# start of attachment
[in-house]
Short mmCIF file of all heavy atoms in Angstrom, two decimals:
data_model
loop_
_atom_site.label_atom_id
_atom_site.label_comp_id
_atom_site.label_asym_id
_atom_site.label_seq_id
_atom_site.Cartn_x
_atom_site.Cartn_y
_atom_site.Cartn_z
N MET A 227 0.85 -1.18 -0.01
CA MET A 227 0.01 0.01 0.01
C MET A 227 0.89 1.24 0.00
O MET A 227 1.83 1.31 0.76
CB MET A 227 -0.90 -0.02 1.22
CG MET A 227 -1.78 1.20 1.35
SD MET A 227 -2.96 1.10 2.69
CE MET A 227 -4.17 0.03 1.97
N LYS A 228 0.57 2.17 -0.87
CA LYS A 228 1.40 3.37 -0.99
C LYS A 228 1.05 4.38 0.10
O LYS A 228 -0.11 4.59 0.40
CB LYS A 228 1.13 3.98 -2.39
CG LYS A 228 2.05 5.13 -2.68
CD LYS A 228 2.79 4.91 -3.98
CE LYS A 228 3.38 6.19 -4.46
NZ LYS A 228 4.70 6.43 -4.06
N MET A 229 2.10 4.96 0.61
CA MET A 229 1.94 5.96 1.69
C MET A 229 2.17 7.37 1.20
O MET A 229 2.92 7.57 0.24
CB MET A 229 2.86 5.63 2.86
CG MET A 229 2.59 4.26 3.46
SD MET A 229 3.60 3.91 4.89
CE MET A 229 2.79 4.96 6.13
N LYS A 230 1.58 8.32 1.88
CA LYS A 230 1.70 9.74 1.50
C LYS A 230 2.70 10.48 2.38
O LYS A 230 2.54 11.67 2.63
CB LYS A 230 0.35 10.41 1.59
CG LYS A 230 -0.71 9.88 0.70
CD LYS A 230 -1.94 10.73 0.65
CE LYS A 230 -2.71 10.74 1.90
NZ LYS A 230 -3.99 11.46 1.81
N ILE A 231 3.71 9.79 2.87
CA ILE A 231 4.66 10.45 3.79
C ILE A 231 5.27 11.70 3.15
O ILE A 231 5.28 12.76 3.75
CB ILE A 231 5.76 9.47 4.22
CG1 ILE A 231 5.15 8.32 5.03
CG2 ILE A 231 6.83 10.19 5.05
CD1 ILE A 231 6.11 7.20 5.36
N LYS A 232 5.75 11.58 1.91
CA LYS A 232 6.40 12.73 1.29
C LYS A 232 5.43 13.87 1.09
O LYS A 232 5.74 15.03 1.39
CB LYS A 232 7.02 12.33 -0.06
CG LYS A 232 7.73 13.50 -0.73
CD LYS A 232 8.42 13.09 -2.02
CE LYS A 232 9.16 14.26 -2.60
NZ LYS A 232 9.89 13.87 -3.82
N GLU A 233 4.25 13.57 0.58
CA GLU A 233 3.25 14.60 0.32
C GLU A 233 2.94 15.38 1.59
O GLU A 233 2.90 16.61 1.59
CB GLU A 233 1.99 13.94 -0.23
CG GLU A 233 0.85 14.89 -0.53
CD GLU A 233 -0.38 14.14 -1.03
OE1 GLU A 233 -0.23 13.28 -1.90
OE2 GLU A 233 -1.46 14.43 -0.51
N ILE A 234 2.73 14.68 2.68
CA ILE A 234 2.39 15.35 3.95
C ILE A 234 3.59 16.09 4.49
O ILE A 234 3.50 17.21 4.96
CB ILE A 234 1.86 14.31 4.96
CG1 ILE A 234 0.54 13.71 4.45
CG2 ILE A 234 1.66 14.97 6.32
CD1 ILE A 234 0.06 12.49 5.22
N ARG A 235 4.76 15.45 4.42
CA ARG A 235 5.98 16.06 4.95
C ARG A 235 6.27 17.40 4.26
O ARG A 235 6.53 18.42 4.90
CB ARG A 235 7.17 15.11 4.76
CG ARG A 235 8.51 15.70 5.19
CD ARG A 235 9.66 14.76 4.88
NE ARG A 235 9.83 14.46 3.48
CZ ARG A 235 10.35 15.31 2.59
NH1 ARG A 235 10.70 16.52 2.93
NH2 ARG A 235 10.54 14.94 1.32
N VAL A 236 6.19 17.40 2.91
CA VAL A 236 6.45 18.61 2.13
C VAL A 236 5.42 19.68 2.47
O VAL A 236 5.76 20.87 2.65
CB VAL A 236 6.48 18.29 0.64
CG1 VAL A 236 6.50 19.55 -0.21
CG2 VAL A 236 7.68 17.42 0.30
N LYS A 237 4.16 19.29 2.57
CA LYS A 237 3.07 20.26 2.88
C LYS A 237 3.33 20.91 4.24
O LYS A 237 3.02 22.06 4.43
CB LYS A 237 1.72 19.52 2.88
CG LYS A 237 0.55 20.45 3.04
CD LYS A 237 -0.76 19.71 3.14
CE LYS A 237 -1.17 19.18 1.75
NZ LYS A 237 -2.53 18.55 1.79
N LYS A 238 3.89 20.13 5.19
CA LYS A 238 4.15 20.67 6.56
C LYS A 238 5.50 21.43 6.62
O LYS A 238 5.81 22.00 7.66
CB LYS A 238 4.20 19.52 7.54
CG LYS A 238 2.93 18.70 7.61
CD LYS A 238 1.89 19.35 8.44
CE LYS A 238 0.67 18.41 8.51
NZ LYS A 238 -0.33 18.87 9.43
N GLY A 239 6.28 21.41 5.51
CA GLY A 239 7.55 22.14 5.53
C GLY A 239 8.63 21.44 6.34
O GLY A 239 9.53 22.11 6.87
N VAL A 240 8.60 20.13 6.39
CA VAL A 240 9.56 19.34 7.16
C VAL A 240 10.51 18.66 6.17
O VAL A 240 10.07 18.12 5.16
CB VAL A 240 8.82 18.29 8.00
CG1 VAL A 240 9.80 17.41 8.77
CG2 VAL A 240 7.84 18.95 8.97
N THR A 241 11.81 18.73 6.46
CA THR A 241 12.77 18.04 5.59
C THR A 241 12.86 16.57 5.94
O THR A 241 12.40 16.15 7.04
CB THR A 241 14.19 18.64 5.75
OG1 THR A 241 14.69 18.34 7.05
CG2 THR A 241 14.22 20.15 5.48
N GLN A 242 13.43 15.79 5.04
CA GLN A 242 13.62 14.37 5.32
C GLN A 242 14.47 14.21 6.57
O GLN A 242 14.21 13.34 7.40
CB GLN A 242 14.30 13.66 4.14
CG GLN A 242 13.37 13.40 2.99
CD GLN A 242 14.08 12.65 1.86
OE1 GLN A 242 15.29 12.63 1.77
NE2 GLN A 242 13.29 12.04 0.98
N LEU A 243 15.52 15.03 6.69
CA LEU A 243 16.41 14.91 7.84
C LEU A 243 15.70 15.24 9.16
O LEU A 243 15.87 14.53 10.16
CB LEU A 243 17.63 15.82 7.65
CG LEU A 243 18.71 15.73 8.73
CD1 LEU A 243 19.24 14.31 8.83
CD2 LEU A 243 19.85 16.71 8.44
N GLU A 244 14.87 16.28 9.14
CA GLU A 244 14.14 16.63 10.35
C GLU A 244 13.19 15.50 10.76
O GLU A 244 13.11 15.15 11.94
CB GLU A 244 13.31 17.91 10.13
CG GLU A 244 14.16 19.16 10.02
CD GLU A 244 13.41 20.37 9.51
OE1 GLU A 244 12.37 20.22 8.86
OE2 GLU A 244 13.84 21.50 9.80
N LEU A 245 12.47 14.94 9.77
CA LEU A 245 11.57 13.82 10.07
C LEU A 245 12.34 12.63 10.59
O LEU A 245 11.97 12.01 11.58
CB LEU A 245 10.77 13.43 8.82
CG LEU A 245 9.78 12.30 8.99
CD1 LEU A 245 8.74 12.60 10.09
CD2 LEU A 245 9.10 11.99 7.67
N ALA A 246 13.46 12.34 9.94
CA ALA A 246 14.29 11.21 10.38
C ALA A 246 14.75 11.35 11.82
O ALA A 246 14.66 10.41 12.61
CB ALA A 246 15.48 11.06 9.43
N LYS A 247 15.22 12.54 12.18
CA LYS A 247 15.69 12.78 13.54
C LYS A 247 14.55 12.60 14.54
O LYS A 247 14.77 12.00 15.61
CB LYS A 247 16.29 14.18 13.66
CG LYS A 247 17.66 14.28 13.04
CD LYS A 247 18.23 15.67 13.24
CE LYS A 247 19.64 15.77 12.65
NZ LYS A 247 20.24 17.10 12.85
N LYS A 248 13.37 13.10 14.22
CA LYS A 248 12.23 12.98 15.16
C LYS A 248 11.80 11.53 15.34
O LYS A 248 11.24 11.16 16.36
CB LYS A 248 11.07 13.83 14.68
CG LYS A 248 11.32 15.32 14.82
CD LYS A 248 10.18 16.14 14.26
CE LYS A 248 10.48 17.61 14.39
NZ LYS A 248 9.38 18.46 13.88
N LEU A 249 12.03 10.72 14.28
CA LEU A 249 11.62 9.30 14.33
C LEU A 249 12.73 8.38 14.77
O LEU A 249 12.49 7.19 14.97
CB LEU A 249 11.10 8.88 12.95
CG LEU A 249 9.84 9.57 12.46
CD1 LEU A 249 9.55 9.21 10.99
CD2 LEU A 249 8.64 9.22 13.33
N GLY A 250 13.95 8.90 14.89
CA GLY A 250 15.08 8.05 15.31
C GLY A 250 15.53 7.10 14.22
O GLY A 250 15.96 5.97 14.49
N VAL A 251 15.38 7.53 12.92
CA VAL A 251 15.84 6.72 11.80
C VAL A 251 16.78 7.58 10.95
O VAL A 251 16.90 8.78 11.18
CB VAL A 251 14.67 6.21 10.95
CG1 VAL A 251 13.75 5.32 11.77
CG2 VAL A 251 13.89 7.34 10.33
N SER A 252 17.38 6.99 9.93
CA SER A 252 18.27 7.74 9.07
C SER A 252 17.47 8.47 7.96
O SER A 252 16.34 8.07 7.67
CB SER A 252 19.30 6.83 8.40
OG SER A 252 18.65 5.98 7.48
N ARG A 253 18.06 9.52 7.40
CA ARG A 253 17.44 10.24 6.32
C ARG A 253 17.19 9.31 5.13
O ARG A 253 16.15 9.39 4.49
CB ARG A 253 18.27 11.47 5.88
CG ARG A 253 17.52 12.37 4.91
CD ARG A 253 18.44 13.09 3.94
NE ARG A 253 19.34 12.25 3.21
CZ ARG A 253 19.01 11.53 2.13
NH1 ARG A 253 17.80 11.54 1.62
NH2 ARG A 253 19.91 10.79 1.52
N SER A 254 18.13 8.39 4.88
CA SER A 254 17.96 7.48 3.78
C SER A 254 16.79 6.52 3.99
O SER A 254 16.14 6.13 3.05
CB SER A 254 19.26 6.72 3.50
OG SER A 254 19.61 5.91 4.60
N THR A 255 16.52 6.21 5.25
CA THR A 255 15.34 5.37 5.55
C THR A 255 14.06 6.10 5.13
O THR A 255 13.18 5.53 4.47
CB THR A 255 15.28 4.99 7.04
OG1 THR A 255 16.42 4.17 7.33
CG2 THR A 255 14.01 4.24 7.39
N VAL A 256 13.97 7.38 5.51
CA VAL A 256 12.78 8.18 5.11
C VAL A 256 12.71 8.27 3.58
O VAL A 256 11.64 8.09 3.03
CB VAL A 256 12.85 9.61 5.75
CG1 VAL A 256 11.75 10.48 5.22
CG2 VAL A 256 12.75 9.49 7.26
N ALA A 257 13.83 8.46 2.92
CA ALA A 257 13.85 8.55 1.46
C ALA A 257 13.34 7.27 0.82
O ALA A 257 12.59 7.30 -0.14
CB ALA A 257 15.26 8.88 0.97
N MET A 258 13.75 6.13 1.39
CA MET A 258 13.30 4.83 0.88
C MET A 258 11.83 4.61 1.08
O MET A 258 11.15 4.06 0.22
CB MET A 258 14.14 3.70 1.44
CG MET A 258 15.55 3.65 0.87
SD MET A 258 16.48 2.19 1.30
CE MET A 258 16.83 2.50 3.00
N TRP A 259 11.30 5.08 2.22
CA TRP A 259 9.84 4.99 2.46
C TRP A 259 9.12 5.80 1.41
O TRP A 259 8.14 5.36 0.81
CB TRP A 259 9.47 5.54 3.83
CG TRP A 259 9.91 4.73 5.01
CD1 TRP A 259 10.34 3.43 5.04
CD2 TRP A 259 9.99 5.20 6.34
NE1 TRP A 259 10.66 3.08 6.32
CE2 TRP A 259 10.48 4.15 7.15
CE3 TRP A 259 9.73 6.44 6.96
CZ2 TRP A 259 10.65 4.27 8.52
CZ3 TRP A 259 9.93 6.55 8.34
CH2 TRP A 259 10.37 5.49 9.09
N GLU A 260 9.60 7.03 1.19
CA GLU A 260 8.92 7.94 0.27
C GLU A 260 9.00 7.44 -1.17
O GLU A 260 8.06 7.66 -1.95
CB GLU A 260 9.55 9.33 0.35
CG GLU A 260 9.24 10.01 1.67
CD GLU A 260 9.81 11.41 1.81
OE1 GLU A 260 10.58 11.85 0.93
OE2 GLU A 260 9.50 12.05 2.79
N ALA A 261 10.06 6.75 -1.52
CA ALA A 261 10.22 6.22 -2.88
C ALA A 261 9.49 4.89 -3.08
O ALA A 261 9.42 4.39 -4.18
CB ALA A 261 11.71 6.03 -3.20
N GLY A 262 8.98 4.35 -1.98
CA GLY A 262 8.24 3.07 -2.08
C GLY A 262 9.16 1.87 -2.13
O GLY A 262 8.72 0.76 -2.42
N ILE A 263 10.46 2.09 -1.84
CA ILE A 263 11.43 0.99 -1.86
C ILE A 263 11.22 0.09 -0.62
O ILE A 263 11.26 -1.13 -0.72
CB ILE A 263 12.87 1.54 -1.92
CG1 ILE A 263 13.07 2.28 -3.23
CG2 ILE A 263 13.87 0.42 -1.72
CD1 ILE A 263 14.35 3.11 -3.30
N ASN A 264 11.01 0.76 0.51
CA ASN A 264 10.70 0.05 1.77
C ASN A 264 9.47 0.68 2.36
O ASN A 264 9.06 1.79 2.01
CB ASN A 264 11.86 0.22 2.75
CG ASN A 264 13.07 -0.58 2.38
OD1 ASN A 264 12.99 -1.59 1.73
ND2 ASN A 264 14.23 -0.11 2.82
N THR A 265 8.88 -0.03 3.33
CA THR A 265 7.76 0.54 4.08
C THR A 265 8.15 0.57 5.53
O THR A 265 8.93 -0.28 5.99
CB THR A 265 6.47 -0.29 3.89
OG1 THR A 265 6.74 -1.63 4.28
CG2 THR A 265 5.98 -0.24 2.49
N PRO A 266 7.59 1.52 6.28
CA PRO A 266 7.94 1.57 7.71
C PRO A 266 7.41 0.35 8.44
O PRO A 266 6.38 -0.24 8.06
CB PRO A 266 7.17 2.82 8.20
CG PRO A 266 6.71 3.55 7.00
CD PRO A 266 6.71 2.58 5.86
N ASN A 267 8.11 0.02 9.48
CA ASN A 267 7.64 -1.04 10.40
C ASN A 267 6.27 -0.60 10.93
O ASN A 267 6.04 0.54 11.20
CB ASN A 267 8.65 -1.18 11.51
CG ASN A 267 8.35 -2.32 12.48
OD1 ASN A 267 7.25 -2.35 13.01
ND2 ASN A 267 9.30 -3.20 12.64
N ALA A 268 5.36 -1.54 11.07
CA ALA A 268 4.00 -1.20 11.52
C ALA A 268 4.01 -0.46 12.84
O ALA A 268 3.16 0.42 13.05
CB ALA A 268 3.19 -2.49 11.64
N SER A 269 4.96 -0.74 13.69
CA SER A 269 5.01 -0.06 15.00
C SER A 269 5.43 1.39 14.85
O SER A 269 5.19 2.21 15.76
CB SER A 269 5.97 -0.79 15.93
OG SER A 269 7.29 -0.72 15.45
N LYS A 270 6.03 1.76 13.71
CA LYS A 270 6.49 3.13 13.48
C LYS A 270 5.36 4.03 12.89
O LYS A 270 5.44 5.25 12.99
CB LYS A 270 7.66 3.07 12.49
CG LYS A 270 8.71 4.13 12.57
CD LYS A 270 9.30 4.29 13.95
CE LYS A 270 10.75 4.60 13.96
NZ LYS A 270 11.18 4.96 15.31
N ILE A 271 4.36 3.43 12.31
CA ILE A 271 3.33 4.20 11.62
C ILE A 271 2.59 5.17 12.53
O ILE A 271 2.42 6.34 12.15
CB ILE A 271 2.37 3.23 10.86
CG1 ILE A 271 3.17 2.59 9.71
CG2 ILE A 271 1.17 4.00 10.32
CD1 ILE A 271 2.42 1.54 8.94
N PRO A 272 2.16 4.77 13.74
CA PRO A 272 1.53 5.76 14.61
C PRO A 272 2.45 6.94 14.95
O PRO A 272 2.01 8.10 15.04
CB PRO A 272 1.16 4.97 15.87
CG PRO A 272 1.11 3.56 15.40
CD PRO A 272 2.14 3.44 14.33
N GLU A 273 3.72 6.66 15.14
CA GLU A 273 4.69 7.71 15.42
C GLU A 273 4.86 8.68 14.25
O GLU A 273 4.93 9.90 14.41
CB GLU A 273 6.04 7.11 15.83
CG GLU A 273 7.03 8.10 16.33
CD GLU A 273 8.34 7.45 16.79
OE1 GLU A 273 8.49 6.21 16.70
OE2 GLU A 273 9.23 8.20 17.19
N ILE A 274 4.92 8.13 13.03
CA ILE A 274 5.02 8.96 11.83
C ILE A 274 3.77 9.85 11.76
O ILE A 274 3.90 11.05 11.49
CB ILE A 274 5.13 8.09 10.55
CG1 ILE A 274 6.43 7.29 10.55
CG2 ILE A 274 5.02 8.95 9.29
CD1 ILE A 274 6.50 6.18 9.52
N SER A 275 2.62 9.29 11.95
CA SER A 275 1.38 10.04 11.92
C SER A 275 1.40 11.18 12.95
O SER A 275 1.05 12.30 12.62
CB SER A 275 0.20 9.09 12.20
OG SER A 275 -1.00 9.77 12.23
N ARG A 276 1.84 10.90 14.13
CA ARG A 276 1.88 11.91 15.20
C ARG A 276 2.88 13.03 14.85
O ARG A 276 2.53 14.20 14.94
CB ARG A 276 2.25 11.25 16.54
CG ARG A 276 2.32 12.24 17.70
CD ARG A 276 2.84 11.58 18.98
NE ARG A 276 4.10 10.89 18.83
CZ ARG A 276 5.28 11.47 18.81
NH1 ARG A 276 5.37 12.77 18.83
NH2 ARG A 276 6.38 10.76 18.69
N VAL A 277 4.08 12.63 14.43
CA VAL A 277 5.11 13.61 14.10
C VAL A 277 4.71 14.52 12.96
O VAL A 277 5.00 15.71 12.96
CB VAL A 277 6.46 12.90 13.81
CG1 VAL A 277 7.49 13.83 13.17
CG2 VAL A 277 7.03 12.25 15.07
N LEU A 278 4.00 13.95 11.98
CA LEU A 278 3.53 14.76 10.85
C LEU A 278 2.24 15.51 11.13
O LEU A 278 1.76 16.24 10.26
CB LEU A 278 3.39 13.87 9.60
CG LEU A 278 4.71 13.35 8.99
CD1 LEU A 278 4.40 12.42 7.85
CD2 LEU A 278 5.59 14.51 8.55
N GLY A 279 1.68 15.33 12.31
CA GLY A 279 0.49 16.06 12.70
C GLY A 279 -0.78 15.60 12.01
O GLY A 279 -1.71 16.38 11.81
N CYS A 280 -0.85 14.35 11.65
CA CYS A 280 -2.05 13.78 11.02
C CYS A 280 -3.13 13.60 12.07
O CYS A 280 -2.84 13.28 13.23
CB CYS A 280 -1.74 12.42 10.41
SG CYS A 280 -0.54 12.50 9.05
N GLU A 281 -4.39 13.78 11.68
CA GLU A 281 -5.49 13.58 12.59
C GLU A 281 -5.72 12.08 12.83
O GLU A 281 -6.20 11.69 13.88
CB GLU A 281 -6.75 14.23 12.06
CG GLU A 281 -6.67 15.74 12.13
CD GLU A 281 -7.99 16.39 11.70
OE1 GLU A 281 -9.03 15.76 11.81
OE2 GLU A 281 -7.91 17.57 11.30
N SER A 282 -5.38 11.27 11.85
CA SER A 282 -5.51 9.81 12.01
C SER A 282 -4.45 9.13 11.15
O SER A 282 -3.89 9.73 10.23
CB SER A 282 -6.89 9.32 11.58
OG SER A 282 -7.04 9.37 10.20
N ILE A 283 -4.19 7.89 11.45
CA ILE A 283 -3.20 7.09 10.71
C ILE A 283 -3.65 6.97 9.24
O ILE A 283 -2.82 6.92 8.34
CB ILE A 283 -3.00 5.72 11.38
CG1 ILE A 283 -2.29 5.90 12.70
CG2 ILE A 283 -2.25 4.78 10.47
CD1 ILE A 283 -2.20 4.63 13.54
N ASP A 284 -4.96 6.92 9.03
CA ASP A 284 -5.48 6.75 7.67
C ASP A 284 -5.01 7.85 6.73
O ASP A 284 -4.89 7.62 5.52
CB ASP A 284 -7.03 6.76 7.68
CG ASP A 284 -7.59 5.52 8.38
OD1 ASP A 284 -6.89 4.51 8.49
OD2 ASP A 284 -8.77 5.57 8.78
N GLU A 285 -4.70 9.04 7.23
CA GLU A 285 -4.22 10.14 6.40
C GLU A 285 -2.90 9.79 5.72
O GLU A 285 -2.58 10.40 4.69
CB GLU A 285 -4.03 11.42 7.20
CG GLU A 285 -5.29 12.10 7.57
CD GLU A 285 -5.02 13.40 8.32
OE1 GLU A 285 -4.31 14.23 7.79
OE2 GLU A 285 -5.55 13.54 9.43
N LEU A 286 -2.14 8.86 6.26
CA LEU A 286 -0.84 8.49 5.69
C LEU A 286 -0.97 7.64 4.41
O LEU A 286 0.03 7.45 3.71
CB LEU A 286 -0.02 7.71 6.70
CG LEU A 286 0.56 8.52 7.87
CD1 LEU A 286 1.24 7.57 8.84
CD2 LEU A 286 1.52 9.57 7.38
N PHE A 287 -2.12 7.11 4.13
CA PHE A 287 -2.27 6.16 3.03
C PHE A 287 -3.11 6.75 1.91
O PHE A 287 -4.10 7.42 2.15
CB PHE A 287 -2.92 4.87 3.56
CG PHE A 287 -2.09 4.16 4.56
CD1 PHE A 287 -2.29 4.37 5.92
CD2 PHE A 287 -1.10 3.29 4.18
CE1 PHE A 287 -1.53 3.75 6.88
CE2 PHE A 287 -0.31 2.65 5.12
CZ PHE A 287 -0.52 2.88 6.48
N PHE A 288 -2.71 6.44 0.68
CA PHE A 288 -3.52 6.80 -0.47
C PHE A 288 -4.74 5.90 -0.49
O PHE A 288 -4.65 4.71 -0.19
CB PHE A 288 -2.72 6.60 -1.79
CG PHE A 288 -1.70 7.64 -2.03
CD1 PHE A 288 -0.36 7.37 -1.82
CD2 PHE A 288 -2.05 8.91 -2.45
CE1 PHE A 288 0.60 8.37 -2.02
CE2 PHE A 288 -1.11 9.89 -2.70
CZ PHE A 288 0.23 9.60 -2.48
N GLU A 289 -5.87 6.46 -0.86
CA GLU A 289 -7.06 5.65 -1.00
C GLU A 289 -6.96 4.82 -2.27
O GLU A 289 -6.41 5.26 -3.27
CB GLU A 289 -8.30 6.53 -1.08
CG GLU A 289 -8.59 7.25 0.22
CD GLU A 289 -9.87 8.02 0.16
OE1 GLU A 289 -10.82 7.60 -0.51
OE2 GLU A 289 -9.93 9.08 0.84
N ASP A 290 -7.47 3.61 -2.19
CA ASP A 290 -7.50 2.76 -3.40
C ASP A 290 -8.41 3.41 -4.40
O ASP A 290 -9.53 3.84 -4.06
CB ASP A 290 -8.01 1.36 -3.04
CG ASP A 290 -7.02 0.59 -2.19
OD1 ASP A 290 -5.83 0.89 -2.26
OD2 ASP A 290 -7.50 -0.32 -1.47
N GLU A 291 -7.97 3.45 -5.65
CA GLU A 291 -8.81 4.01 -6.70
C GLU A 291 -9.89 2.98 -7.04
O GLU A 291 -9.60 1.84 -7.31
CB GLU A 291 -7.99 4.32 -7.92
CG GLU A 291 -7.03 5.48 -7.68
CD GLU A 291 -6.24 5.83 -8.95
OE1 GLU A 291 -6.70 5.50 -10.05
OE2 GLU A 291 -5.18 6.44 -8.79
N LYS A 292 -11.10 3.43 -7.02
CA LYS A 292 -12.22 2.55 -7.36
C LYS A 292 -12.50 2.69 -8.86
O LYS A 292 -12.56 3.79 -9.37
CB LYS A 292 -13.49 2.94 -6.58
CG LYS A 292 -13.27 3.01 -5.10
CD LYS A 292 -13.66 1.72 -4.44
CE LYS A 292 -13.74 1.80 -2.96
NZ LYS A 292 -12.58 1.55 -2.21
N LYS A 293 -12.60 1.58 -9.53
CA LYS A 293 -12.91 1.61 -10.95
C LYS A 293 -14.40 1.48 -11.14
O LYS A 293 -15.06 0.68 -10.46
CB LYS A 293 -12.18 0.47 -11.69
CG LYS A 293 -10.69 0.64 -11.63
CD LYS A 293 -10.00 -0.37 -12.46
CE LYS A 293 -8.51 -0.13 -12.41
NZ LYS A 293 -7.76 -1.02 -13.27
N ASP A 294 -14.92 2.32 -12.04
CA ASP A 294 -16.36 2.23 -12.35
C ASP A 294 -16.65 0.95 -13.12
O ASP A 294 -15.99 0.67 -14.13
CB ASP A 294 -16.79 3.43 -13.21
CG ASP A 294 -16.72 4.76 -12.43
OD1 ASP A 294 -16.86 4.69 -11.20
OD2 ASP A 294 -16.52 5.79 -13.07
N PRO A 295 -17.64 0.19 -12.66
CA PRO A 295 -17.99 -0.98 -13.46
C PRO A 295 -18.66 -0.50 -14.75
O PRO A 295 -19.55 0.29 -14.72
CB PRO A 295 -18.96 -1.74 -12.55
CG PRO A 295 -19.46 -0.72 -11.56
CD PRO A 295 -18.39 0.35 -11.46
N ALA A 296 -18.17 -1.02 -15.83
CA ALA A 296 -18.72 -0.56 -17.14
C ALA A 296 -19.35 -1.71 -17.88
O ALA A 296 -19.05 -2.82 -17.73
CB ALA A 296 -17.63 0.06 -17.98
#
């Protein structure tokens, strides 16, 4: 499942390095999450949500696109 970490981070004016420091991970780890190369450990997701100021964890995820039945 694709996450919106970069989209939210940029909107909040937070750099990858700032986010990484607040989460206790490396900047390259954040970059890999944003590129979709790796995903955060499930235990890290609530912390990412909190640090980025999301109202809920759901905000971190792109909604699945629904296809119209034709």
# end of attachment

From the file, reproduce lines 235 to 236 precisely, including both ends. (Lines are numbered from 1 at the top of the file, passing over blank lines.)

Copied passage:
C THR A 255 14.06 6.10 5.13
O THR A 255 13.18 5.53 4.47